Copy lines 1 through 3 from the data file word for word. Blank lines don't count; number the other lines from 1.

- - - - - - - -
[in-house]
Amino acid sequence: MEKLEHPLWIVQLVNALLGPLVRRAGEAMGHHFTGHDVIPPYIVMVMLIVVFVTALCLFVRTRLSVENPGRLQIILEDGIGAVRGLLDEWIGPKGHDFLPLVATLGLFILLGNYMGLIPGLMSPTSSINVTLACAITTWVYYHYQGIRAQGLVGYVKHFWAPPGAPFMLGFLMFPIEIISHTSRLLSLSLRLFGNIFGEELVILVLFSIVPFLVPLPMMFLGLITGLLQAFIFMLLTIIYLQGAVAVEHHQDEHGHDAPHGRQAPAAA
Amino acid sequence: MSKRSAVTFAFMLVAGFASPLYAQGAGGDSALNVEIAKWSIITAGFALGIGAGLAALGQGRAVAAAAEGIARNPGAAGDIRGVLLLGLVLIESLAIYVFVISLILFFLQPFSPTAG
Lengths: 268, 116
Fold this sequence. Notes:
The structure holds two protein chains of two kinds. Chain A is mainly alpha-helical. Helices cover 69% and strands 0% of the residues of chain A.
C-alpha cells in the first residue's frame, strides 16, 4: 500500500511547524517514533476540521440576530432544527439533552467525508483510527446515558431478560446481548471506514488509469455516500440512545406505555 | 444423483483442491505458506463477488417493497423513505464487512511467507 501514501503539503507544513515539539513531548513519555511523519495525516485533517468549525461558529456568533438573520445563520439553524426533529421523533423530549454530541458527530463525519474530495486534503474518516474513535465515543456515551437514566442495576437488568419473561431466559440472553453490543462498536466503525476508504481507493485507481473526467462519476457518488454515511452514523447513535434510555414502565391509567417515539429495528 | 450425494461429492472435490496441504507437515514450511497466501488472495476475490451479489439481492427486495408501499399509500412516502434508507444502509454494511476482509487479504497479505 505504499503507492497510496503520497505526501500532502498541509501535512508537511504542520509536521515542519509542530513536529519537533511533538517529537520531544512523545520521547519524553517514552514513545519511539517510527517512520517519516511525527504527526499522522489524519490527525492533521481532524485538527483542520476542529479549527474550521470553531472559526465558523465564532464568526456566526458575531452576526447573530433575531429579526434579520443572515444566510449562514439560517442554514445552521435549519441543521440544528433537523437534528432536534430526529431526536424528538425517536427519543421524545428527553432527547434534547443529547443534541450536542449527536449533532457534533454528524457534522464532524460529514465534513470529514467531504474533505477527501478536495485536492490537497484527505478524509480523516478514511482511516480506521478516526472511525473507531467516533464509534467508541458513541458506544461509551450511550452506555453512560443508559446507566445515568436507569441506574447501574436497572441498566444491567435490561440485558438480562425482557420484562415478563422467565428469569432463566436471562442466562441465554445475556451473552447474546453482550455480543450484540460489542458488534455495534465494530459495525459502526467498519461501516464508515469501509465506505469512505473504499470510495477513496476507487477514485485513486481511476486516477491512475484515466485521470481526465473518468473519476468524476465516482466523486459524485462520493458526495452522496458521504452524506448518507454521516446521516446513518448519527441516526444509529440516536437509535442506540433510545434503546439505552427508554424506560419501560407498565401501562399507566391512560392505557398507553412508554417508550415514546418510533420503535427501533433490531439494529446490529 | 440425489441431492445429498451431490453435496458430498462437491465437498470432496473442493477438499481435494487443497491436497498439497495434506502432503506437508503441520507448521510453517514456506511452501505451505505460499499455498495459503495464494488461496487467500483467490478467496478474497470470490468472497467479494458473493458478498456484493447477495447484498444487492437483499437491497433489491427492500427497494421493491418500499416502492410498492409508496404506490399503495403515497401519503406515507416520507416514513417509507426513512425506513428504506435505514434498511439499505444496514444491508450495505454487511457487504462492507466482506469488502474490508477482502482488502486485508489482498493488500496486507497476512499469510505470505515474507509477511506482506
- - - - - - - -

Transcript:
[in-house]
Amino acid sequence: MEKLEHPLWIVQLVNALLGPLVRRAGEAMGHHFTGHDVIPPYIVMVMLIVVFVTALCLFVRTRLSVENPGRLQIILEDGIGAVRGLLDEWIGPKGHDFLPLVATLGLFILLGNYMGLIPGLMSPTSSINVTLACAITTWVYYHYQGIRAQGLVGYVKHFWAPPGAPFMLGFLMFPIEIISHTSRLLSLSLRLFGNIFGEELVILVLFSIVPFLVPLPMMFLGLITGLLQAFIFMLLTIIYLQGAVAVEHHQDEHGHDAPHGRQAPAAA
Amino acid sequence: MSKRSAVTFAFMLVAGFASPLYAQGAGGDSALNVEIAKWSIITAGFALGIGAGLAALGQGRAVAAAAEGIARNPGAAGDIRGVLLLGLVLIESLAIYVFVISLILFFLQPFSPTAG